Nigeria's survivals praised the medical treatment they received, the kindness of attending staff and medical colleagues but also their own faith in whatever God they worship. Even when the body is diseased (weak) and the spirit is strong, the immune system is boosted from positive thinking. We may rely on our Incantations, Psalms from Bible or Koran. Each of them strengthens belief in Orisha, Ogun, Mohamed or Jesus, whichever works for individuals.

United States has rightly decided to launch the fight against Ebola in Liberia before it gets near. There are different organizations from Africa and outside that are already making it to Liberia and Sierra Leone. No matter what their good intensions are, they must learn from Doctors-Without-Borders. No one can build public health or medical treatment on empty stomach and unclean water. Just as these are basic to life so are they basic to public health and treatment.

We have a problem if Doctors-Without-Borders are overwhelmed in Africa. It boils down to the subtle difference to us between Public Health practitioners and medical practitioners. While public health treats a community; physicians, pharmacists and nurses treat individuals. Diseases that are beyond community health workers fall on the shoulders of physicians. In short public health is prevention. We cannot get enough physicians to cure overwhelming Ebola infections.

Many of these organizations are aware that some of these logistics are not readily available in the countries they are going. But a few of them are surprised that basic necessities taken for granted, are needed where they want to provide medical services.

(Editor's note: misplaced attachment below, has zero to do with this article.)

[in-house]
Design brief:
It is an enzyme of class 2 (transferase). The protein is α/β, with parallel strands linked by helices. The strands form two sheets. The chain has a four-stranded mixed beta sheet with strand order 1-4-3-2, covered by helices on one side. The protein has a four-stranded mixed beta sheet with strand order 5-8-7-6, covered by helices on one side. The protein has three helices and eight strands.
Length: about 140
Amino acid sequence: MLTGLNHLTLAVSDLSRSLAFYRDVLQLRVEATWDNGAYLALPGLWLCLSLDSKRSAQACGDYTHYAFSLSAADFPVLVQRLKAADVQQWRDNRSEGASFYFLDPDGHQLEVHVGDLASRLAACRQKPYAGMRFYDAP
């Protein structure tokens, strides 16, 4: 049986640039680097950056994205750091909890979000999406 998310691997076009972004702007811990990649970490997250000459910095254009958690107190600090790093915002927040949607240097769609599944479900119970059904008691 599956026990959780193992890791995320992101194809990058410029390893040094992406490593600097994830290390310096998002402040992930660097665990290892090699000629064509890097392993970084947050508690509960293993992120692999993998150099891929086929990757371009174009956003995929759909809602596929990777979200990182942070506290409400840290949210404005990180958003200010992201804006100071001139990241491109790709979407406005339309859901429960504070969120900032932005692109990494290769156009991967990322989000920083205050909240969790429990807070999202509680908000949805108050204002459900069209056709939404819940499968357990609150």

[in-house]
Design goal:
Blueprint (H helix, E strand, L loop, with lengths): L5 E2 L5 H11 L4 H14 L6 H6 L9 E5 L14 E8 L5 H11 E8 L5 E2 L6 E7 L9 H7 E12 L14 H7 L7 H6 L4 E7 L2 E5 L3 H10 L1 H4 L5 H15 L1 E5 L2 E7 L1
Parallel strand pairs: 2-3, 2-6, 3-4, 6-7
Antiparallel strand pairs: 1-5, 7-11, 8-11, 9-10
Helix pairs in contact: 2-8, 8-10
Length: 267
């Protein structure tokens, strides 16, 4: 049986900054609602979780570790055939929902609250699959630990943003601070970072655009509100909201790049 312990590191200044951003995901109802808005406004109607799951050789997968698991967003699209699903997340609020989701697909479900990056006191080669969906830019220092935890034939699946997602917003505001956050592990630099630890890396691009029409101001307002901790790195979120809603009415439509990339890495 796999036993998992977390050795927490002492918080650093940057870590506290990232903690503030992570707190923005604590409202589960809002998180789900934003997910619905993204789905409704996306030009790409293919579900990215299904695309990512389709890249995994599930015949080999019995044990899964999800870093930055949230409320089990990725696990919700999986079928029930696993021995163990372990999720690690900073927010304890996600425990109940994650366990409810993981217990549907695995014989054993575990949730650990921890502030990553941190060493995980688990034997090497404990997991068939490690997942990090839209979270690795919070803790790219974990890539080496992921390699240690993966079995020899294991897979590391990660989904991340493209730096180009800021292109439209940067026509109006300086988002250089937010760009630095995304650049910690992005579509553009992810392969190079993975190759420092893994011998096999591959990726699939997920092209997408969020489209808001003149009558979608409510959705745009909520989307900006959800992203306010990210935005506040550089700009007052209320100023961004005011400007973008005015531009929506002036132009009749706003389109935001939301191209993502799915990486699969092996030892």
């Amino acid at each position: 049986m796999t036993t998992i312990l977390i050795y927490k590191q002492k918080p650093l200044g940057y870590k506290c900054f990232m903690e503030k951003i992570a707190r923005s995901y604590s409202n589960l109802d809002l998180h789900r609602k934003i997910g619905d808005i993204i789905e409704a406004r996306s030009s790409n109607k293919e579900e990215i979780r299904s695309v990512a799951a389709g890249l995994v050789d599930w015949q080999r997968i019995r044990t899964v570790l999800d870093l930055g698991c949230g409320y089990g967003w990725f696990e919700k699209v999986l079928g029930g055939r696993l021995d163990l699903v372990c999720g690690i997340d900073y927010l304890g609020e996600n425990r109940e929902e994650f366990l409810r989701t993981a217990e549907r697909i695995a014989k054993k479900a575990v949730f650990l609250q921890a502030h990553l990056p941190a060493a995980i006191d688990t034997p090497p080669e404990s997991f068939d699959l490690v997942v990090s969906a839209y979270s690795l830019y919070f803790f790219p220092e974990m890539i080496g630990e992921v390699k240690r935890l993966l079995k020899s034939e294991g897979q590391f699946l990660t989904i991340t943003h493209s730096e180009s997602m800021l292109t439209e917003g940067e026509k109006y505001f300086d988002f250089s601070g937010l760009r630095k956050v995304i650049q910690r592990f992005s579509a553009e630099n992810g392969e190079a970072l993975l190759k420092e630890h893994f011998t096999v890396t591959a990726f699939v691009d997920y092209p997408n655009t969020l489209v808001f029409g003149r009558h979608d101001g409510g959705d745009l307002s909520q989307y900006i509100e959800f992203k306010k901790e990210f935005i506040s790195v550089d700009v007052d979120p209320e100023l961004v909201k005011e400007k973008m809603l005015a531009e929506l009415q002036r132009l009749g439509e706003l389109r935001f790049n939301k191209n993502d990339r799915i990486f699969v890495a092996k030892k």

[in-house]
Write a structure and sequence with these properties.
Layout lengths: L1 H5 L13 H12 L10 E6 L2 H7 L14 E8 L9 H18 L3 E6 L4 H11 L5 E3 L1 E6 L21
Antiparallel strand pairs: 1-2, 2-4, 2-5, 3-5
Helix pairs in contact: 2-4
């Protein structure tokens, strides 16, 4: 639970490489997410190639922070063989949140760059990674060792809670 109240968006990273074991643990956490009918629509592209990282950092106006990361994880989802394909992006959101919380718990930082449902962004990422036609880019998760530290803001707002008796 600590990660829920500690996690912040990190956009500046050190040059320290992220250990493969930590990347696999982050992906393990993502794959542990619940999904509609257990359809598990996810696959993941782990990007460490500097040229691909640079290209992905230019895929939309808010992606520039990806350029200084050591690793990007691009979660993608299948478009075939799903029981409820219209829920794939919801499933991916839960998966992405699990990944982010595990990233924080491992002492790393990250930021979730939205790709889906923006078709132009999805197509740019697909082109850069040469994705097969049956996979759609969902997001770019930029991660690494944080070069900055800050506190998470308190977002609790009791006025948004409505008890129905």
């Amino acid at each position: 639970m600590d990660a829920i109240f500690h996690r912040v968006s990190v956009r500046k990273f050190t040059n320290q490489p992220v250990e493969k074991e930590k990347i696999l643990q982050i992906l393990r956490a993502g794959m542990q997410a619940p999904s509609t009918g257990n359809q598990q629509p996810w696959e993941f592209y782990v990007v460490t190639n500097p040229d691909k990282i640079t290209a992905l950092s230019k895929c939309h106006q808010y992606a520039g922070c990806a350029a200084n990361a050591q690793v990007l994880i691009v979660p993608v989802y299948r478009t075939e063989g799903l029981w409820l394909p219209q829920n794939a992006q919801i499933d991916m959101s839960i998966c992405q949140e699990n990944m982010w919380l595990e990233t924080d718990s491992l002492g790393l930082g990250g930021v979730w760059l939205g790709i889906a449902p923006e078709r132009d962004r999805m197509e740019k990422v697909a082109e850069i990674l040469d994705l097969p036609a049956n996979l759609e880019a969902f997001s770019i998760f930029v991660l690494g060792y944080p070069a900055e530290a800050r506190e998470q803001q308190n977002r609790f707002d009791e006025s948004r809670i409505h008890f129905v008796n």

The further they are to the cities, the greater their needs for essential commodities. One of the examples is the conversion of schools to clinics and hospitals, when it gets to the point where schools cannot remain open.

Logistics are very critical. It is very important to make available a secure area for medical and social team to stay. In cases where they have to travel long distances, some of them bring ambulances and Sport Utility vehicles with them. Whatever the case, people cannot be dying in a country where vehicles needed by medical staff can be temporarily loaned from ministers with two or three cars. Those rich enough must also lend their cars or donate it for medical use.

Written by Farouk Martins Aresa.